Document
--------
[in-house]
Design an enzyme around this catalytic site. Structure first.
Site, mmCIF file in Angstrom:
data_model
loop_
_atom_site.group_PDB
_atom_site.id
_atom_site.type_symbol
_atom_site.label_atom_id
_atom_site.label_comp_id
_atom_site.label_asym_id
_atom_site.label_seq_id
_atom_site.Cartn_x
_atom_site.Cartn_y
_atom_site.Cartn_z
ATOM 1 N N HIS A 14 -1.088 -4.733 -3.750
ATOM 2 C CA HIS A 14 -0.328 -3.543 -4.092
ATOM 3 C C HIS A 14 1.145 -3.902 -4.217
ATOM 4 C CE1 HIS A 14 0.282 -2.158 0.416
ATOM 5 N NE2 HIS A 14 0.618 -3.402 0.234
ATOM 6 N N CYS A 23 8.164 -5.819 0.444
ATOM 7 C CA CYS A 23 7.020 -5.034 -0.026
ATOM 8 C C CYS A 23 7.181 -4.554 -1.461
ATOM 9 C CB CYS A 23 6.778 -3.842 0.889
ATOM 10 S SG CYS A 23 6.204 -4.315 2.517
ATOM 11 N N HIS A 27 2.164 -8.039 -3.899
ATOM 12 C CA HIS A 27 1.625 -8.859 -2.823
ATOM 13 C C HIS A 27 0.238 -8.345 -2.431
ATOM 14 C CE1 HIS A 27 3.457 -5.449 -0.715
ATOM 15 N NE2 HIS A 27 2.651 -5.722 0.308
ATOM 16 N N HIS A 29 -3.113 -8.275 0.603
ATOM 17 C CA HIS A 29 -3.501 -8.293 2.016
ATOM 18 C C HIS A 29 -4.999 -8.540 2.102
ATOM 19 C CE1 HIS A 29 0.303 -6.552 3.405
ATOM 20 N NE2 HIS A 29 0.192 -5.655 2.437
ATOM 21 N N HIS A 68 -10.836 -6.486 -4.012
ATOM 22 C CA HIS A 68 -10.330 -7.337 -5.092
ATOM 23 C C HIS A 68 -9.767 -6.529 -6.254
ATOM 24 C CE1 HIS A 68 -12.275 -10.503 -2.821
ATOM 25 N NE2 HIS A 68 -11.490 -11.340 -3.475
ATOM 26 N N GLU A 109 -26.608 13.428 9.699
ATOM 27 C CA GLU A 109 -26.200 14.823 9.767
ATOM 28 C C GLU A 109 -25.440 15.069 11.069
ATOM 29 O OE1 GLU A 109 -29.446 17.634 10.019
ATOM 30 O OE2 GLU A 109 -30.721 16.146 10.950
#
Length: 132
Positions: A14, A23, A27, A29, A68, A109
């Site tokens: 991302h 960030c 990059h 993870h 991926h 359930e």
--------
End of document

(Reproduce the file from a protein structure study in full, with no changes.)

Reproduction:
[in-house]
Design an enzyme around this catalytic site. Structure first.
Site, mmCIF file in Angstrom:
data_model
loop_
_atom_site.group_PDB
_atom_site.id
_atom_site.type_symbol
_atom_site.label_atom_id
_atom_site.label_comp_id
_atom_site.label_asym_id
_atom_site.label_seq_id
_atom_site.Cartn_x
_atom_site.Cartn_y
_atom_site.Cartn_z
ATOM 1 N N HIS A 14 -1.088 -4.733 -3.750
ATOM 2 C CA HIS A 14 -0.328 -3.543 -4.092
ATOM 3 C C HIS A 14 1.145 -3.902 -4.217
ATOM 4 C CE1 HIS A 14 0.282 -2.158 0.416
ATOM 5 N NE2 HIS A 14 0.618 -3.402 0.234
ATOM 6 N N CYS A 23 8.164 -5.819 0.444
ATOM 7 C CA CYS A 23 7.020 -5.034 -0.026
ATOM 8 C C CYS A 23 7.181 -4.554 -1.461
ATOM 9 C CB CYS A 23 6.778 -3.842 0.889
ATOM 10 S SG CYS A 23 6.204 -4.315 2.517
ATOM 11 N N HIS A 27 2.164 -8.039 -3.899
ATOM 12 C CA HIS A 27 1.625 -8.859 -2.823
ATOM 13 C C HIS A 27 0.238 -8.345 -2.431
ATOM 14 C CE1 HIS A 27 3.457 -5.449 -0.715
ATOM 15 N NE2 HIS A 27 2.651 -5.722 0.308
ATOM 16 N N HIS A 29 -3.113 -8.275 0.603
ATOM 17 C CA HIS A 29 -3.501 -8.293 2.016
ATOM 18 C C HIS A 29 -4.999 -8.540 2.102
ATOM 19 C CE1 HIS A 29 0.303 -6.552 3.405
ATOM 20 N NE2 HIS A 29 0.192 -5.655 2.437
ATOM 21 N N HIS A 68 -10.836 -6.486 -4.012
ATOM 22 C CA HIS A 68 -10.330 -7.337 -5.092
ATOM 23 C C HIS A 68 -9.767 -6.529 -6.254
ATOM 24 C CE1 HIS A 68 -12.275 -10.503 -2.821
ATOM 25 N NE2 HIS A 68 -11.490 -11.340 -3.475
ATOM 26 N N GLU A 109 -26.608 13.428 9.699
ATOM 27 C CA GLU A 109 -26.200 14.823 9.767
ATOM 28 C C GLU A 109 -25.440 15.069 11.069
ATOM 29 O OE1 GLU A 109 -29.446 17.634 10.019
ATOM 30 O OE2 GLU A 109 -30.721 16.146 10.950
#
Length: 132
Positions: A14, A23, A27, A29, A68, A109
């Site tokens: 991302h 960030c 990059h 993870h 991926h 359930e």